He leaned forward, his forearms resting on his thighs and his hands clasped between his knees.  “She is here,” he admitted in an even tone. “I must meet with her, because I have no choice.”


He ducked his head. “It is a delicate situation.”

For some reason—perhaps it was his choice of words—Artemis leapt to a horrifying conclusion, and stared at him as she felt the blood drain from her face. “She carries your child.”

“Good God, Artemis—no—no, of course not.”  There was no doubt that he was genuinely stricken as he reached to cradle her face, running his thumb over her cheeks. “Oh, my darling; is that what you thought?  I am so sorry—” Speechless with remorse, he pulled her rather roughly into his lap, and brought his forehead to rest against hers.

Nearly overcome with relief, she nevertheless persisted, “If it’s not that, Pen—then what? Is it Wentworth again? What can be worth this?”   Hearing the thread of anxiety in her voice, she pressed her lips together and took a breath, to steady herself.

His arms still restless on her, he said slowly, “I’m afraid I cannot say.”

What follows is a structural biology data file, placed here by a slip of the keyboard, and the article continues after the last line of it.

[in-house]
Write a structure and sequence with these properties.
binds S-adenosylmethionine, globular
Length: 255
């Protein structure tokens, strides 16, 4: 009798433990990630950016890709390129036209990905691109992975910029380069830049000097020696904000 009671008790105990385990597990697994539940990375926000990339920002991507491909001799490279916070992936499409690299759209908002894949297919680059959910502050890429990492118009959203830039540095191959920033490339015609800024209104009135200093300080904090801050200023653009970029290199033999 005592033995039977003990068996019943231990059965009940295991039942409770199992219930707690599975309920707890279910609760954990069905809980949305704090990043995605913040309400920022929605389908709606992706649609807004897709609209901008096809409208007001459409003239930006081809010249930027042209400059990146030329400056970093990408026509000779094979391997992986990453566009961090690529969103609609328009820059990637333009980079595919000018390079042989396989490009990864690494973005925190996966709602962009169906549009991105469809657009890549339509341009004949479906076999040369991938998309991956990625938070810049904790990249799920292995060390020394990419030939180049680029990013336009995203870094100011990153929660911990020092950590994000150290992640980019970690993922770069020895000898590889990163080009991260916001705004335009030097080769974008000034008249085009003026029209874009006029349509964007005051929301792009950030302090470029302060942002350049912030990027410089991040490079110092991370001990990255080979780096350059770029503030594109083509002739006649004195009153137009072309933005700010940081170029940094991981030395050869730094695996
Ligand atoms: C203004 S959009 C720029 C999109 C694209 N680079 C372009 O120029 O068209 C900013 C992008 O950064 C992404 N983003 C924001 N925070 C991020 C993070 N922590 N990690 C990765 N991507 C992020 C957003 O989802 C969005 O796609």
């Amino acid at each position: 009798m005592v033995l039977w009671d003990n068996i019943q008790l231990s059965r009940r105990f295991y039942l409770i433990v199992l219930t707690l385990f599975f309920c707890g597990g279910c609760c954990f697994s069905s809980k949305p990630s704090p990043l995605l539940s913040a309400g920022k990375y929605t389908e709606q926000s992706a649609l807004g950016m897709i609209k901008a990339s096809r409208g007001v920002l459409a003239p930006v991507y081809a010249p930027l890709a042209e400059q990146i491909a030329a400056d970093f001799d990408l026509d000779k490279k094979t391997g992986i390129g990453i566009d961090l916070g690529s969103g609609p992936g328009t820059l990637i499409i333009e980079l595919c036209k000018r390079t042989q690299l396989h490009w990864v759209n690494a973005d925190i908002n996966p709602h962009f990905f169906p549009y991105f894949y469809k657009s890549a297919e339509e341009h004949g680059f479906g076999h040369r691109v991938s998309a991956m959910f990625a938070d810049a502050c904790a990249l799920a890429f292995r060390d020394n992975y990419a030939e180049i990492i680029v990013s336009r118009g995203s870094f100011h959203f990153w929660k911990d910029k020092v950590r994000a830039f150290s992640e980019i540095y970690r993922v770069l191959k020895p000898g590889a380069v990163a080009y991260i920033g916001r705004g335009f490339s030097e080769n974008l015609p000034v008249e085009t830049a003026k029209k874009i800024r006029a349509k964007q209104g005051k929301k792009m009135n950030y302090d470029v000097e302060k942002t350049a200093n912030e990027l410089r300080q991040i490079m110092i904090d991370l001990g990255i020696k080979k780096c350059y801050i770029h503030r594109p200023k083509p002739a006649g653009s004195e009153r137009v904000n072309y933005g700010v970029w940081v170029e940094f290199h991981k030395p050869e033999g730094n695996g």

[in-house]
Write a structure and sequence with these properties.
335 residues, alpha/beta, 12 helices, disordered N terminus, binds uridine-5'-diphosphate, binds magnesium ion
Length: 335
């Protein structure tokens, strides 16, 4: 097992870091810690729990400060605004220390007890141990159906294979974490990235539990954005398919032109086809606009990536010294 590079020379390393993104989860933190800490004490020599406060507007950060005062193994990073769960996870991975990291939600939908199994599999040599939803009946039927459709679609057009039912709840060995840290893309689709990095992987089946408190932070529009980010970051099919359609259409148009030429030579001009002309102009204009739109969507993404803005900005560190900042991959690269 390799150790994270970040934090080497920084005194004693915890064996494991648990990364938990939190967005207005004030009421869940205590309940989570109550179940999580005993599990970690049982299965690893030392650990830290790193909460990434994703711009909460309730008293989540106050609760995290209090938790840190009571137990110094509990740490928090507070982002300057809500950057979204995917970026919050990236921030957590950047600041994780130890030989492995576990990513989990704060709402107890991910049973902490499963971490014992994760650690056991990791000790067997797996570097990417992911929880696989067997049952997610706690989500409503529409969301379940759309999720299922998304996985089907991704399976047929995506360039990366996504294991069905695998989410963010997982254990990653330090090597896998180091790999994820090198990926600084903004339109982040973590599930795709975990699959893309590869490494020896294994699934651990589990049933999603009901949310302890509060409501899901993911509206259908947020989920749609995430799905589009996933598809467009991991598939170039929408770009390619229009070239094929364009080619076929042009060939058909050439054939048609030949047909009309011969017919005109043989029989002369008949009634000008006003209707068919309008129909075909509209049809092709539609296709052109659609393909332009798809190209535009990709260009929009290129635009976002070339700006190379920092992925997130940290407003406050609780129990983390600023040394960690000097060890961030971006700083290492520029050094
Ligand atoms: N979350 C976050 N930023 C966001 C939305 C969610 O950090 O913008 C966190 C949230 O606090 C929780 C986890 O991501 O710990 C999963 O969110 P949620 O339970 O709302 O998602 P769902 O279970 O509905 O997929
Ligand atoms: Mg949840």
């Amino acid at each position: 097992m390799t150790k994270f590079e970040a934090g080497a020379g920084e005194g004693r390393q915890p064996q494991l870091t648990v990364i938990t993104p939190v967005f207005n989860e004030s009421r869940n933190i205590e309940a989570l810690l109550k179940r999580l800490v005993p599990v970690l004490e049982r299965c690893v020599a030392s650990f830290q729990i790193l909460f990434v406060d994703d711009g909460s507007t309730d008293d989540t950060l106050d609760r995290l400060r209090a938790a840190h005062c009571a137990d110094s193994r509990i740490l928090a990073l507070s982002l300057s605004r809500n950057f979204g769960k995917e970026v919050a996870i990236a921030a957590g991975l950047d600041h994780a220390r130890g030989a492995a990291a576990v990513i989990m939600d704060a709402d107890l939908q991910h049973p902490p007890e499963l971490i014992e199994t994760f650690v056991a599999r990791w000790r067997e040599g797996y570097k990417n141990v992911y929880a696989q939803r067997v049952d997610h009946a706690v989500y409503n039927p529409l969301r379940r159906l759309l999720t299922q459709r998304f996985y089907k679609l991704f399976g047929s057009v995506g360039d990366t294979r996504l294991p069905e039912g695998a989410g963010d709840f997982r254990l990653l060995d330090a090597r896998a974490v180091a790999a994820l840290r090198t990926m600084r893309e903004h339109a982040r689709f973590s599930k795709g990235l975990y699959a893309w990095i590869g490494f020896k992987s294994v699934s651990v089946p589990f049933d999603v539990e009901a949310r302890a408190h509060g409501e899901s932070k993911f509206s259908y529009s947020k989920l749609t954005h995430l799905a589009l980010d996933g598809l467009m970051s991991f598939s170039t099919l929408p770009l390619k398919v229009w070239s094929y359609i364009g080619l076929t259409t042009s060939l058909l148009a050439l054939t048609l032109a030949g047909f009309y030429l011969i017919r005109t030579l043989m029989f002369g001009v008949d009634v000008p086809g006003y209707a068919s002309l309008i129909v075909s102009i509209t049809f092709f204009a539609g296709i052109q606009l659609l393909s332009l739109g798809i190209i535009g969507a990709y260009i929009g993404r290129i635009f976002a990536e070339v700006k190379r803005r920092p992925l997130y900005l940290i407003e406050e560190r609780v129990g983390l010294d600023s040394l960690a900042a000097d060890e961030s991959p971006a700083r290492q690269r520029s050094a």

She drew back to allow her gaze to search his. “Even to me?”

“Even to you. I am so sorry, Artemis.”

“Did you take her to bed?”  Despite her best efforts, Artemis could feel her lower lip tremble.

“No.” He lifted her hand to kiss it, his eyes still anxious on hers. “No—my word of honor, Artemis.”

Ashamed of her loss of composure, she dropped her gaze. “I was worried you may have.  For Wentworth, or England, or some such thing.” 

“Not even for England,” he said softly, and stroked her hair back at the temple. “My poor Artemis.”

“Will you meet with her again?”

  “I can speak no more on the subject,” he said gently. “Have you eaten?”

“Have you?” she asked sharply, shooting him a look.

Sidestepping an answer, he offered, “Allow me to have something sent up—anything you’d like.”

“An ice,” she decided. “No opium.”